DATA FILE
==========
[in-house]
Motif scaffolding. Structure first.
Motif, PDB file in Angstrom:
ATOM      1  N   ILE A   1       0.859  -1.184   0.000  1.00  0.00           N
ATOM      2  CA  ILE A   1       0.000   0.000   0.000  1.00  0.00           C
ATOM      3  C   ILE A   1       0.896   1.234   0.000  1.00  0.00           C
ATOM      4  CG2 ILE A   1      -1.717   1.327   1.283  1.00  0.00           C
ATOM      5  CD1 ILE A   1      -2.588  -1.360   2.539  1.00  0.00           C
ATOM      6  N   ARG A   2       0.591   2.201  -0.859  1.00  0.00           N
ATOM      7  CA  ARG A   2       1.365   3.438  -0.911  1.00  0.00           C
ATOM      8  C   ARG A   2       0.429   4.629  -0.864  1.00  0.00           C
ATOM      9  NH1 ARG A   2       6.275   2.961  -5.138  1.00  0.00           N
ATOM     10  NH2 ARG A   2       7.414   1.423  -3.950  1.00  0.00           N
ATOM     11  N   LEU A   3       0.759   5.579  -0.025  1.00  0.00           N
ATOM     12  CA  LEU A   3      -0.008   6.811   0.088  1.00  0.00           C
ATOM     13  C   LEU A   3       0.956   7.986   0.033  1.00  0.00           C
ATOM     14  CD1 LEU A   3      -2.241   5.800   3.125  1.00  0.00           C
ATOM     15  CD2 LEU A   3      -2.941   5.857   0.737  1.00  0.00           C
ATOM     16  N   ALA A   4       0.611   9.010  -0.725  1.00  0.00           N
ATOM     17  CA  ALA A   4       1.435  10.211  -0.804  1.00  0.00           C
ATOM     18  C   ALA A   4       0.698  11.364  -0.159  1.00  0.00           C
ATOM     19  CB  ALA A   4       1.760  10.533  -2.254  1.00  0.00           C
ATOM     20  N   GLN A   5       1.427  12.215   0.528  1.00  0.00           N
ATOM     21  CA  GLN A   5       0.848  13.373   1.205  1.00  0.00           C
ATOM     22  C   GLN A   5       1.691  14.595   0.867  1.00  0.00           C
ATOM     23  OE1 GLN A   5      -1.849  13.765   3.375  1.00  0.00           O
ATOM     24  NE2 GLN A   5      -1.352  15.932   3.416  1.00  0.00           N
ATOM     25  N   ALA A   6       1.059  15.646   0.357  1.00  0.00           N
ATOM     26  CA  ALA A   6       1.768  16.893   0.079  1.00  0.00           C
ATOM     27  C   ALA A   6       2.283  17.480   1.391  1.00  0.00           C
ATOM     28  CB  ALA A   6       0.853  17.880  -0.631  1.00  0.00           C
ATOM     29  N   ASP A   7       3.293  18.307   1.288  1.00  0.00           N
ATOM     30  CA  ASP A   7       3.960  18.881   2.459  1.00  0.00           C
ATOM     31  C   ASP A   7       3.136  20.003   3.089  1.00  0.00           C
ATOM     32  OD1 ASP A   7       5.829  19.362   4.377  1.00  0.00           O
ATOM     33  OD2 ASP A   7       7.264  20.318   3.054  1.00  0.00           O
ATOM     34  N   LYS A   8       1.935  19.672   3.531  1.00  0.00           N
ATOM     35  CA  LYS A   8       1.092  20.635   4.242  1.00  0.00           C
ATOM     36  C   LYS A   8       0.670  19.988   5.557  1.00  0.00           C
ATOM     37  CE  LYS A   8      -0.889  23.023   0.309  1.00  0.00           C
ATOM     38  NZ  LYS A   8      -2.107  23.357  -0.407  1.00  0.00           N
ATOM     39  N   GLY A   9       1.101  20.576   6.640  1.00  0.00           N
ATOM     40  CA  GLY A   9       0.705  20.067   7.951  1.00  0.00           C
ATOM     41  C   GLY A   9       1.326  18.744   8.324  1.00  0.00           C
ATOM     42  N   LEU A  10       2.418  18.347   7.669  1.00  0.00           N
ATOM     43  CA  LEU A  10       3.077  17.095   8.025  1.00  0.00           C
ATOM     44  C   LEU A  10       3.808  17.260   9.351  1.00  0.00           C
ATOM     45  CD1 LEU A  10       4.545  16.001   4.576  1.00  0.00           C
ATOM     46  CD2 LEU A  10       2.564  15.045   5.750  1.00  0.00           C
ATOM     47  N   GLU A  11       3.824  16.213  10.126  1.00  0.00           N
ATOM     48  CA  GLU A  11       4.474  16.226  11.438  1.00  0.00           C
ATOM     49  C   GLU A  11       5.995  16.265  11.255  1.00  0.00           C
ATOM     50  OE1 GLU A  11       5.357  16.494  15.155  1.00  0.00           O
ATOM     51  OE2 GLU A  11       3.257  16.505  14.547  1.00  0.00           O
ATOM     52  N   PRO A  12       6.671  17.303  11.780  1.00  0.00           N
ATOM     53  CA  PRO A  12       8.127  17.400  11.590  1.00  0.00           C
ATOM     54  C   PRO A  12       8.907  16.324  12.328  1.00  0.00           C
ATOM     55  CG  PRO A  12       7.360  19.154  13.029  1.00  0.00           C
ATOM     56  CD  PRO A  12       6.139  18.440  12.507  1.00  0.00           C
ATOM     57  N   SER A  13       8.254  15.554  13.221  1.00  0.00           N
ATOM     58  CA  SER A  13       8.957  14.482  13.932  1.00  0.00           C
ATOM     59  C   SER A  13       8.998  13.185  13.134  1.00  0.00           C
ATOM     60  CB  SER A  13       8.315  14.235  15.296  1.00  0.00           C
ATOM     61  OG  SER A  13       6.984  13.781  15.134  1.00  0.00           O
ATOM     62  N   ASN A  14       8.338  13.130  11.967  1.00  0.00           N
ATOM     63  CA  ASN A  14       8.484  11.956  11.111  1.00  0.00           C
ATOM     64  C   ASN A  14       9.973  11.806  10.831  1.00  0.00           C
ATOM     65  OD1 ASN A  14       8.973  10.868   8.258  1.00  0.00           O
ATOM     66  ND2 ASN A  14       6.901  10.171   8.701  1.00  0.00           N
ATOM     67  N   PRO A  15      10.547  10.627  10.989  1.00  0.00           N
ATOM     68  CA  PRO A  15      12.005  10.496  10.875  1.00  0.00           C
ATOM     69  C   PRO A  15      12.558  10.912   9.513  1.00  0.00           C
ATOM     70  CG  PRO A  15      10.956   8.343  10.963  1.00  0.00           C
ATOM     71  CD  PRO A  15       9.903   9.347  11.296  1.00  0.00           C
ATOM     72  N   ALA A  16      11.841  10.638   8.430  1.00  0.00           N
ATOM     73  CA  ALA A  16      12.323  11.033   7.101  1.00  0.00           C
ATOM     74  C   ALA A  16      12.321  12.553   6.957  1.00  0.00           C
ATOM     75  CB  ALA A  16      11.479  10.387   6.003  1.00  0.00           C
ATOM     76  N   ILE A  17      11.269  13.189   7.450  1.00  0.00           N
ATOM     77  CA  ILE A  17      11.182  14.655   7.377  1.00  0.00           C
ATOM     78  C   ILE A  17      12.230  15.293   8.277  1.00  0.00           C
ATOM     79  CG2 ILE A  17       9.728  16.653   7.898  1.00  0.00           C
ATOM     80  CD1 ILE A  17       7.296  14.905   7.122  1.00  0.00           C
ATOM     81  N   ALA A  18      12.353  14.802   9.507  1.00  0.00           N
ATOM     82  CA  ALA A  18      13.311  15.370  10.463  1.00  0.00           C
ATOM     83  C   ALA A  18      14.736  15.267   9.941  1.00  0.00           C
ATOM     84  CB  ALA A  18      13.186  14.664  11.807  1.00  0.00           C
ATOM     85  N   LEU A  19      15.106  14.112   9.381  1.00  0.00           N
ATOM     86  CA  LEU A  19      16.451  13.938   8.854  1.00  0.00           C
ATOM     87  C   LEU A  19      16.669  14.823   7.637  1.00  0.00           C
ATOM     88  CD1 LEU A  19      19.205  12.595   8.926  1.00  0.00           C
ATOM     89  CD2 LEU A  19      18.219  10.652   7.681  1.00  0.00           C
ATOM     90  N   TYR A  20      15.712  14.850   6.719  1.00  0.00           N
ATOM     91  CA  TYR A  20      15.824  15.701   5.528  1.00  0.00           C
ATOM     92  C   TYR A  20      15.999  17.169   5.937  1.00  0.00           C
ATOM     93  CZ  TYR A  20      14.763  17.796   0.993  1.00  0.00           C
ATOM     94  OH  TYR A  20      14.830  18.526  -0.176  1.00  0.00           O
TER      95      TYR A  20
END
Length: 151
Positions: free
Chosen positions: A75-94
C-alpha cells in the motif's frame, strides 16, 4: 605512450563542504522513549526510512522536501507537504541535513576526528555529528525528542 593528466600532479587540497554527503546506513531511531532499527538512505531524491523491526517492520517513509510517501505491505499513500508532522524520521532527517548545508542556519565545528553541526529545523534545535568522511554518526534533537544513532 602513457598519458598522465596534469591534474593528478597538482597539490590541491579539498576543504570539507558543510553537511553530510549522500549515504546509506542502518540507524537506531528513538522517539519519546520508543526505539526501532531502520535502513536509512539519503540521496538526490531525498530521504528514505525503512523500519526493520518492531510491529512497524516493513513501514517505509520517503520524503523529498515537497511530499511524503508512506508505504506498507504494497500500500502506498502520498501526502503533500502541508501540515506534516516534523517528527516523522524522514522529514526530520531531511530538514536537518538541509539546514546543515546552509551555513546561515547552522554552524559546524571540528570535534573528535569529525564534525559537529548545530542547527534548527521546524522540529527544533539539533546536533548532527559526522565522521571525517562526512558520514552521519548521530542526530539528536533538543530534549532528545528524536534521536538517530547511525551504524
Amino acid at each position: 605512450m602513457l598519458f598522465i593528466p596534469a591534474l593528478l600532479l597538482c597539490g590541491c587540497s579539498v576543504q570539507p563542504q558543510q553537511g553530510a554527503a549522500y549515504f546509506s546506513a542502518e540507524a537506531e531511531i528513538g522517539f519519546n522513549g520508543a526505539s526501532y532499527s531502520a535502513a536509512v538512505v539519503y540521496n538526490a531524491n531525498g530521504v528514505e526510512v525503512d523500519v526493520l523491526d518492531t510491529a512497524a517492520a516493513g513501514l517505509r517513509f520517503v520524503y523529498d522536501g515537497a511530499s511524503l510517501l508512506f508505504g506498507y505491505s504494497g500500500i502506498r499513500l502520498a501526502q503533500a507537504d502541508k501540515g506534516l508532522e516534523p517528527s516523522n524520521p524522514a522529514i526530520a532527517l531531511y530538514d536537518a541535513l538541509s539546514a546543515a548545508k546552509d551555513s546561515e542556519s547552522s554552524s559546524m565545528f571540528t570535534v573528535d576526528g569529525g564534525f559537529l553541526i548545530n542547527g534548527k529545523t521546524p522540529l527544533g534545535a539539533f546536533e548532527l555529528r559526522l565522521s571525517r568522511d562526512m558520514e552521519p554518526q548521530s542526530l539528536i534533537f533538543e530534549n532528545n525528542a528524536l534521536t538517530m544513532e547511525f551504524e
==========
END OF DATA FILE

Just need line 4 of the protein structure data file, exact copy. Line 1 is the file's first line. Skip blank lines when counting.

ATOM      1  N   ILE A   1       0.859  -1.184   0.000  1.00  0.00           N